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What is Foreclosure?

Foreclosure for Sale

Many people have head of foreclosure homes but many people who could benefit from buying these properties are confused or unsure about what foreclosures actually are. Foreclosures are actually quite simple to understand. A "foreclosure" usually refers to a foreclosure home, or a home that has been repossessed. However, "foreclosure" can also refer to the foreclosure process, which is the legal process that lenders and government agencies rely on when foreclosing on a property.



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The Foreclosure Process

State laws govern foreclosure, so the foreclosure process varies from state to state. Generally, however, after a homeowner has failed to pay their mortgage for a specified period of time - one to three months, in many states - the lender can begin the foreclosure process. Usually, this is done by filing a lis pendens or Notice of Default, declaring the intention to foreclose. Until the property is legally taken away from the homeowner, the property is in pre foreclosure and the homeowner can still stop the foreclosure by paying off the debt or by arranging a short sale with the lender, whereby the lender agrees to have the home sold for less than the debt amount.

There are two possible types of foreclosures in the United States: non-judicial and judicial foreclosures. In judicial foreclosures, the lender must seek help from a court to secure the right to sell the property through an auction. In a non-judicial foreclosure, the lender does not have to go through the court system to take ownership of the property. Some states permit judicial foreclosures while some permit non-judicial foreclosures.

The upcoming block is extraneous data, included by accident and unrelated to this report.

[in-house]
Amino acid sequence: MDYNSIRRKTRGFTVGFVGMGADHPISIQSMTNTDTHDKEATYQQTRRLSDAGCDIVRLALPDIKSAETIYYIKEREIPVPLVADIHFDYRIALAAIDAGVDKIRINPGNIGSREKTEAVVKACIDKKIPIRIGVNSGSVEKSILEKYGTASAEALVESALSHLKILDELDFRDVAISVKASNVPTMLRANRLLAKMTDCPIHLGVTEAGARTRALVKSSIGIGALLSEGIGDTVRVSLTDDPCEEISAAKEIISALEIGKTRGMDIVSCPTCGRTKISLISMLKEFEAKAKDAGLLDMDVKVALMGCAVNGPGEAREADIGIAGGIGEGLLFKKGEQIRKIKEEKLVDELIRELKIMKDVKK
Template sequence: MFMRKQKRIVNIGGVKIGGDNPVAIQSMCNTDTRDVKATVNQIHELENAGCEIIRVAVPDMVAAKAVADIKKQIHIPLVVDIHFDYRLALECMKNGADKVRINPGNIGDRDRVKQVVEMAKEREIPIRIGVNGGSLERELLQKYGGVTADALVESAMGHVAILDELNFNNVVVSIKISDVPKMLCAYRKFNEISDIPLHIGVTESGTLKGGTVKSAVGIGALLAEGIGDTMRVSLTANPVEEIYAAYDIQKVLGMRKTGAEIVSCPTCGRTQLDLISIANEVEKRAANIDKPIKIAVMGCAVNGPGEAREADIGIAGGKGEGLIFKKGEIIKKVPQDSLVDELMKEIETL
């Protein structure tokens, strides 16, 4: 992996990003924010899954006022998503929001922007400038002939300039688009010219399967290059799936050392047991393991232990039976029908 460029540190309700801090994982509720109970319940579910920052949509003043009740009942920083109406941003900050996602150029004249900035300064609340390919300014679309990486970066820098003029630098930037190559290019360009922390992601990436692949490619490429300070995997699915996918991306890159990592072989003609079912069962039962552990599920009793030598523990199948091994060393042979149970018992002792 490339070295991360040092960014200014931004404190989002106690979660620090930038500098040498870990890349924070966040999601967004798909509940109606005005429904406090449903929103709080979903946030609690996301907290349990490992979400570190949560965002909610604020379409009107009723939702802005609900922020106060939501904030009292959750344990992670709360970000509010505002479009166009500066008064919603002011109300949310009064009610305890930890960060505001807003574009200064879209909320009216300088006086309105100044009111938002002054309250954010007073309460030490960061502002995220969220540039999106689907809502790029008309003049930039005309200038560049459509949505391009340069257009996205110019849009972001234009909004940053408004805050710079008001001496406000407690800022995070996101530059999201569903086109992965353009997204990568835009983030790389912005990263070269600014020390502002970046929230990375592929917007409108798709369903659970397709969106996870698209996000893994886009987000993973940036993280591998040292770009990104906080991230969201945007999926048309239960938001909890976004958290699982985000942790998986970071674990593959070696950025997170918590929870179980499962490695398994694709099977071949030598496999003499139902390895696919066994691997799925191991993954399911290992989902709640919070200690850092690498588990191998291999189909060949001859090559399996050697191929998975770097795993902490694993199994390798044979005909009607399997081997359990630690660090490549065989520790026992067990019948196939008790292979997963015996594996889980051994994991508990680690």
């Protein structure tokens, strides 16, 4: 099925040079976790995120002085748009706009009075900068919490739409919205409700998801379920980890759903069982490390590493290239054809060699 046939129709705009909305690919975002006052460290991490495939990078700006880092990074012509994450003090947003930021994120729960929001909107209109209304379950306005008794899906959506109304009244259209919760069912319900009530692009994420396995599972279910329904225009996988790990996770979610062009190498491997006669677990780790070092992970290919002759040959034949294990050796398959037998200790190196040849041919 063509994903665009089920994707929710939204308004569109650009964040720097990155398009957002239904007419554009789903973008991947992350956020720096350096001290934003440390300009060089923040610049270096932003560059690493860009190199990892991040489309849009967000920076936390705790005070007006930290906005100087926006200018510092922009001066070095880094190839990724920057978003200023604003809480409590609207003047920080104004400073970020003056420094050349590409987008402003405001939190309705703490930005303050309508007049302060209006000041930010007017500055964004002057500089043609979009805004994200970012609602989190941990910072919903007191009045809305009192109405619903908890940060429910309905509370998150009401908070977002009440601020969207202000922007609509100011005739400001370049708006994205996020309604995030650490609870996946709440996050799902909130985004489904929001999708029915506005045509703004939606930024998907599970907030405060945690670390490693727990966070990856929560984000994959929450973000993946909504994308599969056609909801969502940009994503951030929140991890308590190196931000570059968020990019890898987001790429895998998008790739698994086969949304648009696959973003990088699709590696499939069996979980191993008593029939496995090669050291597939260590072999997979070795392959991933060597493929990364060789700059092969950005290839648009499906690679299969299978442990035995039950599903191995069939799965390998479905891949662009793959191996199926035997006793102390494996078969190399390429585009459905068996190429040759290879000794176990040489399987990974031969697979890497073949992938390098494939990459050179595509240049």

The foreclosure process ends when the homeowner meets their mortgage debt obligations or when property ownership is transferred and the homeowner loses the property. Depending on state laws and the specific terms of the mortgage, the property may eventually be owned by the lender, may be sold at auction, or may be transferred to the government agency that insured the home's mortgage.

Types of Foreclosures

Just as there are several types of foreclosure process, there are many different kinds of foreclosures. Even a quick glance at any foreclosure lists shows an array of different foreclosures. HUD homes, VA homes, and REO homes are quite common, for example. It is a good idea to understand the differences between these foreclosures before purchasing.

REO (Real Estate Owned) homes are properties that are being sold by the lender after foreclosure. In many cases, these homes have gone to a public auction but have been purchased by the lender or have failed to sell. VA homes are sold by the Department of Veteran Affairs. The last homeowner was a member of the military or armed forces. HUD homes are sold by the Department of Urban Housing and Development (HUD). These homes were last owned by a homeowner who had a government-insured mortgage. VA homes and HUD homes are sometimes called government foreclosed homes. Pre-foreclosure homes are not true foreclosures in that they have not been repossessed yet. They are being sold by a homeowner who wants to avoid foreclosure.

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